“On a dark and rainy night in October 2011, Samuel Pauly was shot to death through the window of his rural New Mexico home by one of three state police officers investigating an earlier road rage incident.”
This is the first line of a 10th Circuit Court of Appeals decision describing the night that my son was shot dead by the State Police, forever changing the lives of our family.
I have long been an advocate for law enforcement, am a proud gun owner and deeply believe in the rights guaranteed by the United States Constitution. When my son, Sam Pauly, was taken from us by a police bullet nearly 10 years ago, I learned that our rights are not protected as I had believed.
Before my son was killed, I believed that one of those constitutional rights was that when police used excessive force and killed a person, there would be accountability. I believed the legal system would not unfairly protect officers who took a life without justification. I thought at the very least we would get a trial and my fellow citizens could decide on what justice was due. This turned out to be untrue. Our case never even got a jury trial.
My legal odyssey ultimately ended with the United States Supreme Court stating that the police officer who shot my son could not be held accountable because no case had found that this particular conduct – shooting a person standing in their home under the facts of this case – was unlawful. The Supreme Court’s decision was not that the officer had the right to kill my son, it was that the officer was not reasonably notified that they did not have the right to kill my son.
“Qualified immunity” protected the officer.
Qualified Immunity was a foreign concept to me when my son was killed. But, during our legal struggle, it became a symbol of a culture designed to protect police officers at all cost. I firmly believe that the abuses at the hands of police officers that have been seen around our country are, in part, due to the legal shield of qualified immunity that gave officers a free pass to avoid accountability. It shields officers, and tells them they can shoot first and think later.
The New Mexico Civil Rights Act, which recently passed the New Mexico House of Representatives, will eliminate the shield of qualified immunity and create accountability for police officers who violate rights. Personal experience is powerful when it shows how blind support of law enforcement can lead to abuses, cost individuals their lives and destroy families.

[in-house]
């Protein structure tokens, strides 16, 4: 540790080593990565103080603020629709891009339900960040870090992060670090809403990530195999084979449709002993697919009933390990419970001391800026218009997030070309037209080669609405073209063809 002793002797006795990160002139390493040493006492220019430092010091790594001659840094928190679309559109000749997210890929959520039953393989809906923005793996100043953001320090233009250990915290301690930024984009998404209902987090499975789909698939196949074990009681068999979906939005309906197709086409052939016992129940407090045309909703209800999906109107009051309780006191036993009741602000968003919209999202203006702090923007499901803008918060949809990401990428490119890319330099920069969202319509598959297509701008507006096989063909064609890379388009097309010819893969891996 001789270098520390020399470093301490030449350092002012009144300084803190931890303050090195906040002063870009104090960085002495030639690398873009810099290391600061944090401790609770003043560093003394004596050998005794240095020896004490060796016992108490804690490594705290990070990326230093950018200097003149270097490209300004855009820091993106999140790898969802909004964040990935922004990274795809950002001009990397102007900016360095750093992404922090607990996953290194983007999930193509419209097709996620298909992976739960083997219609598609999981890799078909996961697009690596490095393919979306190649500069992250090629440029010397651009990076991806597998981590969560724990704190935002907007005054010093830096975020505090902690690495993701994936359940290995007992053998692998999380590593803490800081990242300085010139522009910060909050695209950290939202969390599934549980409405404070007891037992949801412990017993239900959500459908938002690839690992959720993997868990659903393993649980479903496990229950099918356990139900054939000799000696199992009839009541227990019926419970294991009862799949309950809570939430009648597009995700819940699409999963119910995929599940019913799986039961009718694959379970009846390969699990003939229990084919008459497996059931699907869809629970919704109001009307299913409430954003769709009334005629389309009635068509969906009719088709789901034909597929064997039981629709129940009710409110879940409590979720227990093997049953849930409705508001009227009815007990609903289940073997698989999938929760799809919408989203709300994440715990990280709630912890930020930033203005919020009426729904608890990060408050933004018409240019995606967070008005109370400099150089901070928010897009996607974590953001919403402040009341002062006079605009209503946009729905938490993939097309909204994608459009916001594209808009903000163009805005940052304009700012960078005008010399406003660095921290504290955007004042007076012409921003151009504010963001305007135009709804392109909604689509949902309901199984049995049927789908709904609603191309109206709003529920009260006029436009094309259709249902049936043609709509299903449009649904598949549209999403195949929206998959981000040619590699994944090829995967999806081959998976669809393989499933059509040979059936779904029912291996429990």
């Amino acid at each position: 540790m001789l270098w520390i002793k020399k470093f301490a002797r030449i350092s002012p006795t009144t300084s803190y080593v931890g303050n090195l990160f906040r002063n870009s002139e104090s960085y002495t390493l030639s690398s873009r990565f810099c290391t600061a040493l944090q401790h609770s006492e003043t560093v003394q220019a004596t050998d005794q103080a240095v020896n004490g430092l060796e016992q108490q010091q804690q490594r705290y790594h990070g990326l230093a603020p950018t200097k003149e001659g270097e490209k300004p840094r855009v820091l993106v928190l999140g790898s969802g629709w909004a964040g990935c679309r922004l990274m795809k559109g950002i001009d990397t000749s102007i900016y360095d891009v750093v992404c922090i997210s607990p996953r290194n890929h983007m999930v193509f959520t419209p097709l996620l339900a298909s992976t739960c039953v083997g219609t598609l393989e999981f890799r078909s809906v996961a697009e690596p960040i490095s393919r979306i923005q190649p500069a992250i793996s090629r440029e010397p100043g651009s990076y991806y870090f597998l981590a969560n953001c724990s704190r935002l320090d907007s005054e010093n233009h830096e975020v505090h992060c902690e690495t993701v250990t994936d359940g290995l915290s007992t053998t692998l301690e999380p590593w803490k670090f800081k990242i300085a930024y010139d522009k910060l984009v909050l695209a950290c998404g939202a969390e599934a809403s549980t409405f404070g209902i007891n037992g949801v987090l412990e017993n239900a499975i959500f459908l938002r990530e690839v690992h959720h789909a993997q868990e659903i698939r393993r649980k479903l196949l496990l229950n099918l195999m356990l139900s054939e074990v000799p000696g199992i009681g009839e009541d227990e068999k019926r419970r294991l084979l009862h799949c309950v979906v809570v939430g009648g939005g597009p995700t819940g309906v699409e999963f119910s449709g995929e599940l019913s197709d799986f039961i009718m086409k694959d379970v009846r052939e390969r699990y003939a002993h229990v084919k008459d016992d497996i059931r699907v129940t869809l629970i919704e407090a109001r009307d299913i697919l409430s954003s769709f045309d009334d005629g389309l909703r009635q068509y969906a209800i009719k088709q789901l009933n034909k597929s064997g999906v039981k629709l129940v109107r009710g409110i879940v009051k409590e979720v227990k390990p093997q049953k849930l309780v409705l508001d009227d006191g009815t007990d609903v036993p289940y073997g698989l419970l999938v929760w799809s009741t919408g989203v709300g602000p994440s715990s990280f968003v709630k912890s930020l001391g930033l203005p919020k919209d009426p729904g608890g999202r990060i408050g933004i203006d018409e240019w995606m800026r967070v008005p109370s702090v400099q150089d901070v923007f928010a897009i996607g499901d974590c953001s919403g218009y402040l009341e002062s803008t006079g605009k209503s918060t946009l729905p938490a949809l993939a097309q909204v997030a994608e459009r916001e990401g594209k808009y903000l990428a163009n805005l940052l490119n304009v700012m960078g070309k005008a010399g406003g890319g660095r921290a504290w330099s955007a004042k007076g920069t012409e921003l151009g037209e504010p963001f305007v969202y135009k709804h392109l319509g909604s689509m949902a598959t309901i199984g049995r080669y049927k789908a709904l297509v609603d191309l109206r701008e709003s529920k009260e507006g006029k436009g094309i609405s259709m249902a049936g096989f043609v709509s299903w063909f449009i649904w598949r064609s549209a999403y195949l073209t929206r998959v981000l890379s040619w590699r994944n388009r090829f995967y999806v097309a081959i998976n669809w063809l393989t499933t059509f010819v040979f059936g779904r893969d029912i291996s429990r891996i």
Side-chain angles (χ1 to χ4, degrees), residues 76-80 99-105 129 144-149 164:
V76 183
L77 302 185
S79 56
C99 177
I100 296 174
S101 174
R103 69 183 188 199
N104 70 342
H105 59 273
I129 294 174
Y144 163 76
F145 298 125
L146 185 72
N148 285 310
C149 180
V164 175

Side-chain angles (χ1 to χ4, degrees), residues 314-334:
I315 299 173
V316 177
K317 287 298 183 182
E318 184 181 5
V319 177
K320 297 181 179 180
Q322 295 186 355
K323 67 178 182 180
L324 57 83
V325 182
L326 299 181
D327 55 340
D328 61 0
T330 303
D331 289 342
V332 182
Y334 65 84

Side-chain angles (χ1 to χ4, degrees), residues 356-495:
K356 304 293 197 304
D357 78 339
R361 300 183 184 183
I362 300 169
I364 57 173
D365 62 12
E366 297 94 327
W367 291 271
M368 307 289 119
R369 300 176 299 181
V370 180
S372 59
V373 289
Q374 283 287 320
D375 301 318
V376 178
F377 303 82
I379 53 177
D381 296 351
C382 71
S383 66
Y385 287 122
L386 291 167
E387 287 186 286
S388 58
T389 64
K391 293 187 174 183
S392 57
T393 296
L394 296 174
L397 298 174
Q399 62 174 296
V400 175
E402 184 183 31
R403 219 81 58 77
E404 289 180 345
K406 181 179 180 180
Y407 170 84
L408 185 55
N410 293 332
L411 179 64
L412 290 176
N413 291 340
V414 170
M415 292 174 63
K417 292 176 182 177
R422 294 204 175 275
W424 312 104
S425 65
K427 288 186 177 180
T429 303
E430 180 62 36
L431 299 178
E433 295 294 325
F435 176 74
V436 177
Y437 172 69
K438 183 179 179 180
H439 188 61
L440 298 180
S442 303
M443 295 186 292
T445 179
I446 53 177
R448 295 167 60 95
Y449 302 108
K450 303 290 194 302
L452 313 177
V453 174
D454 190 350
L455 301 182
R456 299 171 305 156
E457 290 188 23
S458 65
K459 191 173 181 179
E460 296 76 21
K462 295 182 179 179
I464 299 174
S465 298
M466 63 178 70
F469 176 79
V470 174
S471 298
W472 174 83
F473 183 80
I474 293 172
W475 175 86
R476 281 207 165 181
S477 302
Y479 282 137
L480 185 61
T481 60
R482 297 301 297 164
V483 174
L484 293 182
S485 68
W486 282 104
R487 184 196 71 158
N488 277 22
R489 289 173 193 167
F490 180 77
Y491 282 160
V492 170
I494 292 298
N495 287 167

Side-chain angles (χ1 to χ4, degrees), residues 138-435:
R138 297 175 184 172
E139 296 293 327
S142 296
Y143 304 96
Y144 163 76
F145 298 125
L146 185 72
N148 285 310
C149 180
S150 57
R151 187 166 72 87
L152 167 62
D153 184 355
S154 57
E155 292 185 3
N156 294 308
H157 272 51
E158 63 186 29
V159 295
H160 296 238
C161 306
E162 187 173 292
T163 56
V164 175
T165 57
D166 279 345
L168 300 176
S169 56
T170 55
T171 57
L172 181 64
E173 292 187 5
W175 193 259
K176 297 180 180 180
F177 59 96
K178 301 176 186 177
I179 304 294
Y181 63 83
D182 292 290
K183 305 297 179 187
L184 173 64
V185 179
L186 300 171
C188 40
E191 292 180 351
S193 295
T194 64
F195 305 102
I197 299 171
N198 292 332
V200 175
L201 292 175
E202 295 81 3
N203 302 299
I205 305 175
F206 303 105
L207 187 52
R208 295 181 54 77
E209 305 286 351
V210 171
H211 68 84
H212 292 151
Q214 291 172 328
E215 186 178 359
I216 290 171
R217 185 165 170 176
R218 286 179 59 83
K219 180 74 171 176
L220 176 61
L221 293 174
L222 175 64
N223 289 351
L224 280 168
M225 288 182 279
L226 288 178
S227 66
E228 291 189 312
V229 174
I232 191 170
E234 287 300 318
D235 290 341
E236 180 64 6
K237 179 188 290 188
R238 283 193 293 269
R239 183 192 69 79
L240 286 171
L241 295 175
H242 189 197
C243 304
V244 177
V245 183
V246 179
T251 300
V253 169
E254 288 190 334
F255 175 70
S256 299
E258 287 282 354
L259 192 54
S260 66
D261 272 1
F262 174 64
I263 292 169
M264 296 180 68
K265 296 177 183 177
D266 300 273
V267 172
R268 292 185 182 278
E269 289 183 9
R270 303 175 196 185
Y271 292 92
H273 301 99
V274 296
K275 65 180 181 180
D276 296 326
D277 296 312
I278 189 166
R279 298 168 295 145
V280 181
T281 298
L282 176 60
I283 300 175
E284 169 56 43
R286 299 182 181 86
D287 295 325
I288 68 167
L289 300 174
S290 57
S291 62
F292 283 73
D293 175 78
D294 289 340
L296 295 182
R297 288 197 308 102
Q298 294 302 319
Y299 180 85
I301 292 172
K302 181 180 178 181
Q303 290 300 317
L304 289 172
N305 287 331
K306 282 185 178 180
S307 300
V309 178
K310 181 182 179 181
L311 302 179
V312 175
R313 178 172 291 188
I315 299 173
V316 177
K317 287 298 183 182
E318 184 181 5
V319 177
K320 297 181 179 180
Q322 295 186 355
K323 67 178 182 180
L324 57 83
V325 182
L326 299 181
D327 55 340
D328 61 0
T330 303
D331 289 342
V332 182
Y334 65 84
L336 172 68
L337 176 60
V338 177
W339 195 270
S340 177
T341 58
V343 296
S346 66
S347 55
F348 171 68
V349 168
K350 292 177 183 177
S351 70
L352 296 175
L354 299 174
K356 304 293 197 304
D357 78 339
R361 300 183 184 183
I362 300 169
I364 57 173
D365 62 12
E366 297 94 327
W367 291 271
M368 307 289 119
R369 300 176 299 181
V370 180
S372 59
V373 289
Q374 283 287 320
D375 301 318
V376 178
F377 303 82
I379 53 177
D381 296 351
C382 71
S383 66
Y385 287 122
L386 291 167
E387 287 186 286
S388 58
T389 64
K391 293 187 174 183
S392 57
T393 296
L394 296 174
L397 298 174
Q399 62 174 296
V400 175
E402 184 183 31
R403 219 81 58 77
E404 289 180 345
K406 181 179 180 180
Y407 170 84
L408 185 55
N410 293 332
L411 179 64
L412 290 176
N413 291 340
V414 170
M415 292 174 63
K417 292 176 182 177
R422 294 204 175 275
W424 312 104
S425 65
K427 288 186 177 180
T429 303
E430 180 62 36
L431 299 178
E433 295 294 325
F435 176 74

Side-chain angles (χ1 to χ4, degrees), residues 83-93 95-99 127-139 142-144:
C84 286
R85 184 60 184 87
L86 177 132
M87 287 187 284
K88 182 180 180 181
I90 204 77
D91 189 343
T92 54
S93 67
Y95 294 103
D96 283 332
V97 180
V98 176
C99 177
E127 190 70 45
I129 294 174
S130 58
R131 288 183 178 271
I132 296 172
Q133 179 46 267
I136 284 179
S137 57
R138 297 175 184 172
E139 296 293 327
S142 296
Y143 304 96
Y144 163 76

New Mexicans deserve justice when abuse by police and other government actors destroys their lives. They deserve a trial where members of the community can hold bad actors to account. Accountability will make the public safe and the police less likely to use excessive force. And it will provide a fair outcome when police overreach. The time has come in New Mexico to end the abuses that have been promulgated by qualified immunity.
I did not seek the role of being an advocate to end qualified immunity and advocate for justice for victims of police violence, but the role fell on my shoulders when my son, Sam Pauly, was killed by police violence. I do not want what happened to my son on that rainy night in October to happen to anyone else’s child. With the passage of House Bill 4 comes safety and a judicial system that protects New Mexicans who have been wrongly harmed by police violence. This is why I support the New Mexico Civil Rights Act.
Daniel Pauly lives in Santa Fe. His son Sam Pauly was killed by State Police gunfire in his house in Glorieta, east of Santa Fe, on Oct. 11, 2011, after his brother was involved in a late-night driving dispute on Interstate 25 in which no one was hurt. A point of dispute is whether responding officers approaching the Glorieta home identified themselves as police. The brother, who said he feared intruders or someone from the road-rage incident, fired warning shots out the back door and an officer subsequently shot and killed Sam Pauly.